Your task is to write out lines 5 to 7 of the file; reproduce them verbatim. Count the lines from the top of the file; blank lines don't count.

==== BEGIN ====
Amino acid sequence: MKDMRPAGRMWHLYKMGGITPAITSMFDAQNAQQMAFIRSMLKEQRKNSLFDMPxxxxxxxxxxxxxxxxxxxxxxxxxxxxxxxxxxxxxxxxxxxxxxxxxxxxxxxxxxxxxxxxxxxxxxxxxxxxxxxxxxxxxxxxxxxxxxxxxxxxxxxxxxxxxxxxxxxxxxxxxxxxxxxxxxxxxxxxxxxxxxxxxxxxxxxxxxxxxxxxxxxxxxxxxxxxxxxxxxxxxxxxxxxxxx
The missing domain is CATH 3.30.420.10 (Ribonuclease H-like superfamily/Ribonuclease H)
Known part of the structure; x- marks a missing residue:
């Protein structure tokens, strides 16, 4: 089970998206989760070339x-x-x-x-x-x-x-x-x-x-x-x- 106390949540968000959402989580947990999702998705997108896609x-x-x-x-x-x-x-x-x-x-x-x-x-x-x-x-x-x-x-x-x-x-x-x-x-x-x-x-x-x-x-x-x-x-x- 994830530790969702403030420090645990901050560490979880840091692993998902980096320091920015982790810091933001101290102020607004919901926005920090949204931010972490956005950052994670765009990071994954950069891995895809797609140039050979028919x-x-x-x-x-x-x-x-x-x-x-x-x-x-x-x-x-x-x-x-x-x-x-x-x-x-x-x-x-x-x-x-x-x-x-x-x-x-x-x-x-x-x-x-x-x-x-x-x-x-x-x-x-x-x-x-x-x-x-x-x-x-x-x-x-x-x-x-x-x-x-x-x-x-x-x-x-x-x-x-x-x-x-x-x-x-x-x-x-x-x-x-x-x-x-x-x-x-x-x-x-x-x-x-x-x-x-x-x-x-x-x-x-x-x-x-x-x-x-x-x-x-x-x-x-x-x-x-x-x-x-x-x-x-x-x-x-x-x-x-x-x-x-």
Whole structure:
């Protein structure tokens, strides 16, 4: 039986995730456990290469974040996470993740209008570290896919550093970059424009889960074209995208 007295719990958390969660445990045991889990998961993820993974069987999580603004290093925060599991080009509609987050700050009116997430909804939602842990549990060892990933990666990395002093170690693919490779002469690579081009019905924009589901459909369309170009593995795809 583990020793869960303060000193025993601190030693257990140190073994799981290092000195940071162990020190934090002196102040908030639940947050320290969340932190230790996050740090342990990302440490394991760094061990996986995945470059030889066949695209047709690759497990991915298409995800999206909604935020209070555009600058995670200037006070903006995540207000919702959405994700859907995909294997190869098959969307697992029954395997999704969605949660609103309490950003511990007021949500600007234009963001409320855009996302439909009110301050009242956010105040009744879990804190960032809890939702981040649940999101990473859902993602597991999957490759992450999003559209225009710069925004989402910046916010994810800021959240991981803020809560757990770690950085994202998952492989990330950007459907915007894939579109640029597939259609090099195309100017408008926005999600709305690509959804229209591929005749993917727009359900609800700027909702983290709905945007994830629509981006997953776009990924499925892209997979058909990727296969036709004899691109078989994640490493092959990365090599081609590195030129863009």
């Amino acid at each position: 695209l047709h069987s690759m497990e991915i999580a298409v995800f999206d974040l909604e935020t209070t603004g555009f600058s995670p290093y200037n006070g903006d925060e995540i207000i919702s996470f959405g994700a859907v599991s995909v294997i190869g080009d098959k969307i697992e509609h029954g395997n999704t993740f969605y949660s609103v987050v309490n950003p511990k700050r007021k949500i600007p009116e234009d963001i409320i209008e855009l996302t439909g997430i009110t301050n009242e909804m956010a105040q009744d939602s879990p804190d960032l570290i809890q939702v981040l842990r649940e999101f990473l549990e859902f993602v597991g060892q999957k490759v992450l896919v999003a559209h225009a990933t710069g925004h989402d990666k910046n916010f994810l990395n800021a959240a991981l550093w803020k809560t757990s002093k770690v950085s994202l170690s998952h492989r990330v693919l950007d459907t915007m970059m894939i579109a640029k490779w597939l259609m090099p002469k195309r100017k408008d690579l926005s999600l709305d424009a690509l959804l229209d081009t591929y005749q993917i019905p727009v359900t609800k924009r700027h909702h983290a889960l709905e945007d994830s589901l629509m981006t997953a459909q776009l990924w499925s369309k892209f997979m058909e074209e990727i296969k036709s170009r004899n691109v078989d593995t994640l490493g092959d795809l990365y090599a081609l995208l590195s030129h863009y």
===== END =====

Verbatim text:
Whole structure:
């Protein structure tokens, strides 16, 4: 039986995730456990290469974040996470993740209008570290896919550093970059424009889960074209995208 007295719990958390969660445990045991889990998961993820993974069987999580603004290093925060599991080009509609987050700050009116997430909804939602842990549990060892990933990666990395002093170690693919490779002469690579081009019905924009589901459909369309170009593995795809 583990020793869960303060000193025993601190030693257990140190073994799981290092000195940071162990020190934090002196102040908030639940947050320290969340932190230790996050740090342990990302440490394991760094061990996986995945470059030889066949695209047709690759497990991915298409995800999206909604935020209070555009600058995670200037006070903006995540207000919702959405994700859907995909294997190869098959969307697992029954395997999704969605949660609103309490950003511990007021949500600007234009963001409320855009996302439909009110301050009242956010105040009744879990804190960032809890939702981040649940999101990473859902993602597991999957490759992450999003559209225009710069925004989402910046916010994810800021959240991981803020809560757990770690950085994202998952492989990330950007459907915007894939579109640029597939259609090099195309100017408008926005999600709305690509959804229209591929005749993917727009359900609800700027909702983290709905945007994830629509981006997953776009990924499925892209997979058909990727296969036709004899691109078989994640490493092959990365090599081609590195030129863009």
């Amino acid at each position: 695209l047709h069987s690759m497990e991915i999580a298409v995800f999206d974040l909604e935020t209070t603004g555009f600058s995670p290093y200037n006070g903006d925060e995540i207000i919702s996470f959405g994700a859907v599991s995909v294997i190869g080009d098959k969307i697992e509609h029954g395997n999704t993740f969605y949660s609103v987050v309490n950003p511990k700050r007021k949500i600007p009116e234009d963001i409320i209008e855009l996302t439909g997430i009110t301050n009242e909804m956010a105040q009744d939602s879990p804190d960032l570290i809890q939702v981040l842990r649940e999101f990473l549990e859902f993602v597991g060892q999957k490759v992450l896919v999003a559209h225009a990933t710069g925004h989402d990666k910046n916010f994810l990395n800021a959240a991981l550093w803020k809560t757990s002093k770690v950085s994202l170690s998952h492989r990330v693919l950007d459907t915007m970059m894939i579109a640029k490779w597939l259609m090099p002469k195309r100017k408008d690579l926005s999600l709305d424009a690509l959804l229209d081009t591929y005749q993917i019905p727009v359900t609800k924009r700027h909702h983290a889960l709905e945007d994830s589901l629509m981006t997953a459909q776009l990924w499925s369309k892209f997979m058909e074209e990727i296969k036709s170009r004899n691109v078989d593995t994640l490493g092959d795809l990365y090599a081609l995208l590195s030129h863009y």